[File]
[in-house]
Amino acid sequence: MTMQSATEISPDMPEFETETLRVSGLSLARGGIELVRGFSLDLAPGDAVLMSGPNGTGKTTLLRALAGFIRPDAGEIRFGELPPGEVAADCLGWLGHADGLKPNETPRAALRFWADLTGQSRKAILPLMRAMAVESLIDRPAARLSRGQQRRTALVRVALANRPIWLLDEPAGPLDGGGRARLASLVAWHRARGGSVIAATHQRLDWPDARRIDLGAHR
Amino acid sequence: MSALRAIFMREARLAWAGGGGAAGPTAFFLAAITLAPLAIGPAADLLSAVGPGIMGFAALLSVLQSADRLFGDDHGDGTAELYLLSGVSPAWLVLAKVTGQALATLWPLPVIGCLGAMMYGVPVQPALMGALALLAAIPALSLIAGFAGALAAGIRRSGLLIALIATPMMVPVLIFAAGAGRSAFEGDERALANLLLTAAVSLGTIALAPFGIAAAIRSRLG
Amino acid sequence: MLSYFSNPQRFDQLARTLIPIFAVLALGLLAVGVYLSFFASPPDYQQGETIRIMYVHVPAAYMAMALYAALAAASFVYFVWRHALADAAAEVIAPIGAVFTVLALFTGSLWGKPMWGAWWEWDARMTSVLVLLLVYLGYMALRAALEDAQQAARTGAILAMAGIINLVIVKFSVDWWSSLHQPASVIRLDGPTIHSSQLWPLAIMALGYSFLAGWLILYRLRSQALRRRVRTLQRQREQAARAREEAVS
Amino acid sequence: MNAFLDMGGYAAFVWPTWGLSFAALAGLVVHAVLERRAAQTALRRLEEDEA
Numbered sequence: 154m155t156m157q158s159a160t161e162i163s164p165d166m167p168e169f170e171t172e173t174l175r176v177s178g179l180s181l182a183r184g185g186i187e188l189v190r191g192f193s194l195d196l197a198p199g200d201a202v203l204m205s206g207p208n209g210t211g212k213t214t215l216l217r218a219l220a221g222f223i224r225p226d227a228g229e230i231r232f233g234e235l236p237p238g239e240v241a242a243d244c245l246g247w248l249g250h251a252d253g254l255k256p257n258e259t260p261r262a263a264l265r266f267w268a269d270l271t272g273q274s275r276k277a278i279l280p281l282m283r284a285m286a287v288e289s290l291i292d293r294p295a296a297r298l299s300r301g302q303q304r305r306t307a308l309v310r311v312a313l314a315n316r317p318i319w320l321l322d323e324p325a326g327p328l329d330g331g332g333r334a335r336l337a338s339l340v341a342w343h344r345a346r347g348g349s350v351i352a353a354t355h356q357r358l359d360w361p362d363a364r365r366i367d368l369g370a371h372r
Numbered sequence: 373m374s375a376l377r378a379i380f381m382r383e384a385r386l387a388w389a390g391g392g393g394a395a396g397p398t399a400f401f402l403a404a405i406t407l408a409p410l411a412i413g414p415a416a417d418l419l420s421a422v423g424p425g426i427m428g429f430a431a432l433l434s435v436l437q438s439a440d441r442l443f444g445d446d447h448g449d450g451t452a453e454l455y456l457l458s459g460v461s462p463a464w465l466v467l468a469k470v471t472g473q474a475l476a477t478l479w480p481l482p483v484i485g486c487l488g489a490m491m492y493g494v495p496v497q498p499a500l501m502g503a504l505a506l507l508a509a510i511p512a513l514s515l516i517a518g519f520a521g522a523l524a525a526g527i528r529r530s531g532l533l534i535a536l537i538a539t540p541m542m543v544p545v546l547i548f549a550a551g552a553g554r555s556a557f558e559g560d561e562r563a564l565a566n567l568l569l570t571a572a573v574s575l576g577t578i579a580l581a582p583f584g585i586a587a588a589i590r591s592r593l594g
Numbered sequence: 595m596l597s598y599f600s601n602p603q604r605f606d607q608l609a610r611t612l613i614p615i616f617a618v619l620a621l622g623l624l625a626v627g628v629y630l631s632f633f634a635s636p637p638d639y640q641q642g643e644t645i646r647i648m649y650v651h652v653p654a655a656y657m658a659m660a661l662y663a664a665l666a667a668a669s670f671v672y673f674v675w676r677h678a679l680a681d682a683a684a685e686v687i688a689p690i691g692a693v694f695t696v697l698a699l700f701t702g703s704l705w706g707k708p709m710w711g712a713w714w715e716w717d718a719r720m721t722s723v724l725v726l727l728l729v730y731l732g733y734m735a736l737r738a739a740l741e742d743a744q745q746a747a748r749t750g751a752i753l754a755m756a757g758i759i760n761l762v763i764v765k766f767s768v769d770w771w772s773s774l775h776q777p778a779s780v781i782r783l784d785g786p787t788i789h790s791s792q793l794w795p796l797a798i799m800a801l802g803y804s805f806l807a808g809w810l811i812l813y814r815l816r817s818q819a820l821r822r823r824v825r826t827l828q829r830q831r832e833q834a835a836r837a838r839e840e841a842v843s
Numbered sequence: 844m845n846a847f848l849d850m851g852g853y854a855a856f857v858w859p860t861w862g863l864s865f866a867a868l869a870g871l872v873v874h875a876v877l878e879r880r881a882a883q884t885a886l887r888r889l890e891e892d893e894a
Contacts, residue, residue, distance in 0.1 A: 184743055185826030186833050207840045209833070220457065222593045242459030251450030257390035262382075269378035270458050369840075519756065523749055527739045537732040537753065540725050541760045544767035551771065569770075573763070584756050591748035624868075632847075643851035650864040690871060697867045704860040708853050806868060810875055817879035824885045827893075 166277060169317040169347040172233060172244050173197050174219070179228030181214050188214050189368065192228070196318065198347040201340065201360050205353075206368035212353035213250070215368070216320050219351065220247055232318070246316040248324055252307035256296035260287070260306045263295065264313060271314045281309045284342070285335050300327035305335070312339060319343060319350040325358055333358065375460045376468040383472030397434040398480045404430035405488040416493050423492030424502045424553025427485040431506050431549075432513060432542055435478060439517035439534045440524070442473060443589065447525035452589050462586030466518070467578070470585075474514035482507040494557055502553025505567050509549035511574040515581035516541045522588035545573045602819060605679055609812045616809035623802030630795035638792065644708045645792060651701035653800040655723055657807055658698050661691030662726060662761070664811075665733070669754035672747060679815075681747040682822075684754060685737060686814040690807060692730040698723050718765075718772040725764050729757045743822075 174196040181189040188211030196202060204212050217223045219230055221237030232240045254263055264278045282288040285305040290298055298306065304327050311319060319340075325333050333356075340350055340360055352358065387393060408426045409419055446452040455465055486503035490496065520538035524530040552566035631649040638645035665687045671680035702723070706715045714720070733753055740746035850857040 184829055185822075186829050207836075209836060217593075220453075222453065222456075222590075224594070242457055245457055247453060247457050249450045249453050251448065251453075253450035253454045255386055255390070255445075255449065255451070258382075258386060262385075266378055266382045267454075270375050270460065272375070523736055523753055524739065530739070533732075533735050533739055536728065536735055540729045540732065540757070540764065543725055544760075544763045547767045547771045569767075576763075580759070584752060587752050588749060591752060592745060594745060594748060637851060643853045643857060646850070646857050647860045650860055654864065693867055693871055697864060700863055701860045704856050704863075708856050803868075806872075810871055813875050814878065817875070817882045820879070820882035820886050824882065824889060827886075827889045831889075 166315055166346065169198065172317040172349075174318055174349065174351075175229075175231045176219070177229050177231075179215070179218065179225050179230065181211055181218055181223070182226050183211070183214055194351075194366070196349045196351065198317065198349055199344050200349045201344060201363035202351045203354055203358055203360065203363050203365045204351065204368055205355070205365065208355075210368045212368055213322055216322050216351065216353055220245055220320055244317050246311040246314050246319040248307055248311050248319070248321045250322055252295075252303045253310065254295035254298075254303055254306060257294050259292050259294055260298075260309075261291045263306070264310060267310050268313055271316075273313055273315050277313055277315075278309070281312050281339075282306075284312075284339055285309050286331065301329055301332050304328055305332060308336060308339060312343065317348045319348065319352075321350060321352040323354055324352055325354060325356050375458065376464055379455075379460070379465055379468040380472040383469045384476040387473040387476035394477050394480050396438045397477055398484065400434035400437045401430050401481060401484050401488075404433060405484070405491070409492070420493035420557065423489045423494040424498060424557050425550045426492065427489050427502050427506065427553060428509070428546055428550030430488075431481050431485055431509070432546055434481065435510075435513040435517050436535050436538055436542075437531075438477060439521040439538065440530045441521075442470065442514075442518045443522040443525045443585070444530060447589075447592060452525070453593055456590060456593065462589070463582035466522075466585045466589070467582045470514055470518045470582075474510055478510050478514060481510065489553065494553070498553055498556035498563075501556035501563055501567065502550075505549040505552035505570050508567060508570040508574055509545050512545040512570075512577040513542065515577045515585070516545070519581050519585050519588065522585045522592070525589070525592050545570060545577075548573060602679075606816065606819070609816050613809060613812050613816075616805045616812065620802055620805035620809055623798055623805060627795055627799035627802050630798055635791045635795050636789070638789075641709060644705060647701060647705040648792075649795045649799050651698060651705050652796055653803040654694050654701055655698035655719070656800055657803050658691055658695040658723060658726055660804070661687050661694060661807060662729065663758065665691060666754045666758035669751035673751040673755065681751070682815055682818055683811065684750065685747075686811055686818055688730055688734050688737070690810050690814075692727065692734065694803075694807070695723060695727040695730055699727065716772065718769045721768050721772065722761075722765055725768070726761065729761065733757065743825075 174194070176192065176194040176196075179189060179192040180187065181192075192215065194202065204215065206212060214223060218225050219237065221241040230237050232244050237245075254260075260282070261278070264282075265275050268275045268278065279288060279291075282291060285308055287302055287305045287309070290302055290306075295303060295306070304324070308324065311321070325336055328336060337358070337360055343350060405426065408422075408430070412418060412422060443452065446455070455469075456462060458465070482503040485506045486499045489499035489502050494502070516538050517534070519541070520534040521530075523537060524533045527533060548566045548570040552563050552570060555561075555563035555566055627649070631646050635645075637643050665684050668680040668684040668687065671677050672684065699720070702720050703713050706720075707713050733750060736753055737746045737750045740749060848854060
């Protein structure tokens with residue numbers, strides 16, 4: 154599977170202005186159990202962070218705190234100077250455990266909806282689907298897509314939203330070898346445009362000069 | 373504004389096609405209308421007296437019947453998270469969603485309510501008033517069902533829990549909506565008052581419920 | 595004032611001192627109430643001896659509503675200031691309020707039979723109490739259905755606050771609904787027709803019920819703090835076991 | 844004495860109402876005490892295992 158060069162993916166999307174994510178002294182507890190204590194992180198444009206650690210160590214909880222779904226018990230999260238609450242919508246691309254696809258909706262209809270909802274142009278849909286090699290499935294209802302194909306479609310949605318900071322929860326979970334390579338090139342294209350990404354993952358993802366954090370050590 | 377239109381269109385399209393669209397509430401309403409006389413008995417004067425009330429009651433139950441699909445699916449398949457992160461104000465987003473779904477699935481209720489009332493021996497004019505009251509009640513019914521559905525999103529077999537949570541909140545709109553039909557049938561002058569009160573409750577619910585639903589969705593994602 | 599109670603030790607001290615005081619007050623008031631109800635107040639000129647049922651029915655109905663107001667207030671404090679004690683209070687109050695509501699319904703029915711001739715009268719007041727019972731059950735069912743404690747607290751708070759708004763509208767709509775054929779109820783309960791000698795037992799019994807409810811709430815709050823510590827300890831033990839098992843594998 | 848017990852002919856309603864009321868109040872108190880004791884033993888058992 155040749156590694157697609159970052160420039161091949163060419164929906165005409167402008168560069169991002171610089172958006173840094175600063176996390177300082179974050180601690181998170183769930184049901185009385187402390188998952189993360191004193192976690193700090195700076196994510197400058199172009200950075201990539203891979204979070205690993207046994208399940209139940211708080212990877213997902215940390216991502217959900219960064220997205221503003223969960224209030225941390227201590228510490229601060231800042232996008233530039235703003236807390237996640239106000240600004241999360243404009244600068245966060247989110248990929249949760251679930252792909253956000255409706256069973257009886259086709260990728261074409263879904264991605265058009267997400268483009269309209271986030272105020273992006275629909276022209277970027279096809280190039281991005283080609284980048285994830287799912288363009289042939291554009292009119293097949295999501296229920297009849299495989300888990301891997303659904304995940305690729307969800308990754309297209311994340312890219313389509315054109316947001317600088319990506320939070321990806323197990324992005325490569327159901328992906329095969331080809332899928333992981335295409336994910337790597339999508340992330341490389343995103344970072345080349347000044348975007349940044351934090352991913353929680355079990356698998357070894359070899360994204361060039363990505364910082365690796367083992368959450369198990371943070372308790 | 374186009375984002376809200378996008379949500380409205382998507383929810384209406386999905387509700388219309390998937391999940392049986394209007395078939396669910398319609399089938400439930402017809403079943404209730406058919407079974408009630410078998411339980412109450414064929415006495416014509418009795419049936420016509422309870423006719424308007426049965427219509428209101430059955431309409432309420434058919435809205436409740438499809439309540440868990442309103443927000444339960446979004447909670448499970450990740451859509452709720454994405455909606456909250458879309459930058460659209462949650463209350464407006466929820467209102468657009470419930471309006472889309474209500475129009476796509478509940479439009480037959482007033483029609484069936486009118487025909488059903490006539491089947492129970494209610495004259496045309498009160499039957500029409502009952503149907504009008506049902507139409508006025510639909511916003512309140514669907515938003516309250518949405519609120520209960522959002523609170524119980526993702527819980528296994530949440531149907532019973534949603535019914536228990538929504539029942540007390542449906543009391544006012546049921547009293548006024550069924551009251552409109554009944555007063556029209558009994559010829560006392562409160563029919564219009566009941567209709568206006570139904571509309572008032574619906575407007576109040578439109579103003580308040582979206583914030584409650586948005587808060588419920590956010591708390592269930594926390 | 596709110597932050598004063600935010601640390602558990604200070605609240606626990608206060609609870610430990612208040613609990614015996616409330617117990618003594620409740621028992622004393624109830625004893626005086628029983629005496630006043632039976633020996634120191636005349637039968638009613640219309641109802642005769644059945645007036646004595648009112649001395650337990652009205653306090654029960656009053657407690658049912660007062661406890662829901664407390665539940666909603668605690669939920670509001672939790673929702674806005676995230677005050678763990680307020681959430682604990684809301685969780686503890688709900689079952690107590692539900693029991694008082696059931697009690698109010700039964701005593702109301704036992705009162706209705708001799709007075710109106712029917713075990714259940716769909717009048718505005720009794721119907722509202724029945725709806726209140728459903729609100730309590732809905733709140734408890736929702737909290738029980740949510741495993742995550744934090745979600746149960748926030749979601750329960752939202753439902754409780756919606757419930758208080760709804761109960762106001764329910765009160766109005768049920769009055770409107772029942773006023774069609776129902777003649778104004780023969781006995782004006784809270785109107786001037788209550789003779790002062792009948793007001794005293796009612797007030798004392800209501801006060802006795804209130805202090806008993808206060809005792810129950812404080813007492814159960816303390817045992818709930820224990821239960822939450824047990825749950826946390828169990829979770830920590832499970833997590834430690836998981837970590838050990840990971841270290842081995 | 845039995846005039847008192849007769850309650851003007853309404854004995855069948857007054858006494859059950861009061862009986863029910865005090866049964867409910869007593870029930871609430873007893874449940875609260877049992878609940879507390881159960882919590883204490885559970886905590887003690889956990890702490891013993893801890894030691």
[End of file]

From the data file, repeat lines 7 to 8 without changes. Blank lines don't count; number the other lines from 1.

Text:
Numbered sequence: 373m374s375a376l377r378a379i380f381m382r383e384a385r386l387a388w389a390g391g392g393g394a395a396g397p398t399a400f401f402l403a404a405i406t407l408a409p410l411a412i413g414p415a416a417d418l419l420s421a422v423g424p425g426i427m428g429f430a431a432l433l434s435v436l437q438s439a440d441r442l443f444g445d446d447h448g449d450g451t452a453e454l455y456l457l458s459g460v461s462p463a464w465l466v467l468a469k470v471t472g473q474a475l476a477t478l479w480p481l482p483v484i485g486c487l488g489a490m491m492y493g494v495p496v497q498p499a500l501m502g503a504l505a506l507l508a509a510i511p512a513l514s515l516i517a518g519f520a521g522a523l524a525a526g527i528r529r530s531g532l533l534i535a536l537i538a539t540p541m542m543v544p545v546l547i548f549a550a551g552a553g554r555s556a557f558e559g560d561e562r563a564l565a566n567l568l569l570t571a572a573v574s575l576g577t578i579a580l581a582p583f584g585i586a587a588a589i590r591s592r593l594g
Numbered sequence: 595m596l597s598y599f600s601n602p603q604r605f606d607q608l609a610r611t612l613i614p615i616f617a618v619l620a621l622g623l624l625a626v627g628v629y630l631s632f633f634a635s636p637p638d639y640q641q642g643e644t645i646r647i648m649y650v651h652v653p654a655a656y657m658a659m660a661l662y663a664a665l666a667a668a669s670f671v672y673f674v675w676r677h678a679l680a681d682a683a684a685e686v687i688a689p690i691g692a693v694f695t696v697l698a699l700f701t702g703s704l705w706g707k708p709m710w711g712a713w714w715e716w717d718a719r720m721t722s723v724l725v726l727l728l729v730y731l732g733y734m735a736l737r738a739a740l741e742d743a744q745q746a747a748r749t750g751a752i753l754a755m756a757g758i759i760n761l762v763i764v765k766f767s768v769d770w771w772s773s774l775h776q777p778a779s780v781i782r783l784d785g786p787t788i789h790s791s792q793l794w795p796l797a798i799m800a801l802g803y804s805f806l807a808g809w810l811i812l813y814r815l816r817s818q819a820l821r822r823r824v825r826t827l828q829r830q831r832e833q834a835a836r837a838r839e840e841a842v843s